There is a very controversial argument that I just don’t understand. During the Democratic Debates, one of the ladies said “I can’t believe this is the 21st century and we’re still debating abortion.”
I would agree with that statement, but from the other side of the fence. I understand, as much as a man can, that pregnancy is a big deal for women. However, it’s also a big deal for that unborn individual. The smallest baby on record to survive was only 8.6 ounces when born. You can google “smallest baby” to see the story. Who knows, but that little girl may grow up and find the cure for cancer, or the common cold, or cleaner energy?
I’m not criticizing the choices people have had to make in the past, but looking at where our society is now and what it is capable of doing. I’m glad that baby will grow up to be a woman with a right to choose what her own life will become. How can civil people actually argue for the right to terminate life at or even after the moment of birth as is happening in Virginia?
As I’ve said before, let’s get to the point where we can sit down and talk in a civil way about the options for this critical problem in America. There has to be an answer between these two extremes with the great medical care we have available now.
There is a lot of hateful discourse in our social media these days, including that from politicians on both sides of the fence. I mentioned in a previous article that I don’t agree with President Trump 100 percent of the time. I don’t agree with my boss, my wife or my son 100 percent of the time, either.
One of the problems with social media, and even emails and newspaper editorials, is that there is no voice inflection and no visual clues like facial expressions or hand language to help the recipient interpret what the speaker is saying.
A lot of folks are interpreting some of President Trump’s comments as racist or white supremacist. His chosen Secretary of Housing and Urban Development, Ben Carson, happens to be a black man and former contender for the presidential office. Secretary Carson has this to say: “I have never seen anything that even resembles racism. And look at the policies that have been done and look at the people who have been helped.”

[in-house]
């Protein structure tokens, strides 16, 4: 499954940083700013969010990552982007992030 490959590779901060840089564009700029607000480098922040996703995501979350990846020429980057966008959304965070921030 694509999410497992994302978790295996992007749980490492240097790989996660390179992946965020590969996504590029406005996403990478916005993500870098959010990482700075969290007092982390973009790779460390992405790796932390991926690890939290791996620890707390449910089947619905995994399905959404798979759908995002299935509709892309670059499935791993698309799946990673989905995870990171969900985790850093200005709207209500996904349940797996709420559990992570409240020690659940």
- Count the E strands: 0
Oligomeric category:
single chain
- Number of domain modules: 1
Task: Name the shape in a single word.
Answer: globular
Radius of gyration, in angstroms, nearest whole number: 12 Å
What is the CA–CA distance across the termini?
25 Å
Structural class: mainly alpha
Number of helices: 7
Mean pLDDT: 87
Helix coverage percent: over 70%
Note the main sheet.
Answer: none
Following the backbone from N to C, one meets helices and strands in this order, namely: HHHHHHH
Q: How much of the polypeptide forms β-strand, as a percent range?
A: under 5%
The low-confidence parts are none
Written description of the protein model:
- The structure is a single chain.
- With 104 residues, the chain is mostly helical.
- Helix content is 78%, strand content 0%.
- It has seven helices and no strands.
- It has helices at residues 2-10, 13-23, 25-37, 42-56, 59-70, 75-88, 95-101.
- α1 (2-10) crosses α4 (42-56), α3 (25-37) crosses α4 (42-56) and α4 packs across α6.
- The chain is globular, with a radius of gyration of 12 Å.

He agrees that Trump’s policies have lowered black and Hispanic unemployment rates and created business opportunity zones in underprivileged areas of the country.
Carson also said he believes the low home ownership rate among African Americans is a result of the housing crisis a few years ago, where policies of previous administrations allowed manipulation of debt-to-income ratios and other credit games to put many people into homes they couldn’t actually afford.
When it comes time to vote for another presidential term, you will have to do your own research and determine if you think all elements of our society are better off now than they were four years ago.
Many families are not at the level we would like to see them at, of course, but are they headed in the right direction? Are more people working? Are wages in general higher and more business opportunities available under Trump’s policies? Make sure you are listening to more than just one news source, as any source can be one-sided.
Speaking of life styles and being better off, the House of Representatives recently passed a bill that would raise the federal minimum wage to $15 an hour. This happened just days after the Congressional Budget Office, a nonpartisan agency functioning to support congress with statistical data, concluded that 3.7 million wage earners would become unemployed if this passes.
I will point out that they also estimated 17 million people would see wage gains, but how significant are those incremental gains in relation to all the families that will lose everything as businesses cut back or close? How many restaurants or mom-and-pop hardware stores will be forced to raise prices to cover the higher costs?
This goes back to something I talked about a couple of months ago. Why do we need a federal minimum wage in the first place? Is the cost of rent in Bailey the same as the cost of rent in San Francisco? Having lived in both places, I can tell you the answer is no. The cost of milk when I lived in Michigan was much cheaper than I had to pay after reaching Colorado.
Shouldn’t our state and local governments be able to determine what a livable wage is for each locality? Even within Colorado, the cost of a home is radically different between Denver and Fairplay. How can 435 people in the House of Representatives, 434 of whom have never lived near Bailey, determine what our local business owners should be paying their employees?
These are questions you should be thinking of next year as you consider whether you want a large group of bureaucrats using larger sums of your tax dollars determining what you and your neighbors should be doing, or are you comfortable with a smaller, local government of people you rub shoulders with making more local decisions and spending fewer dollars?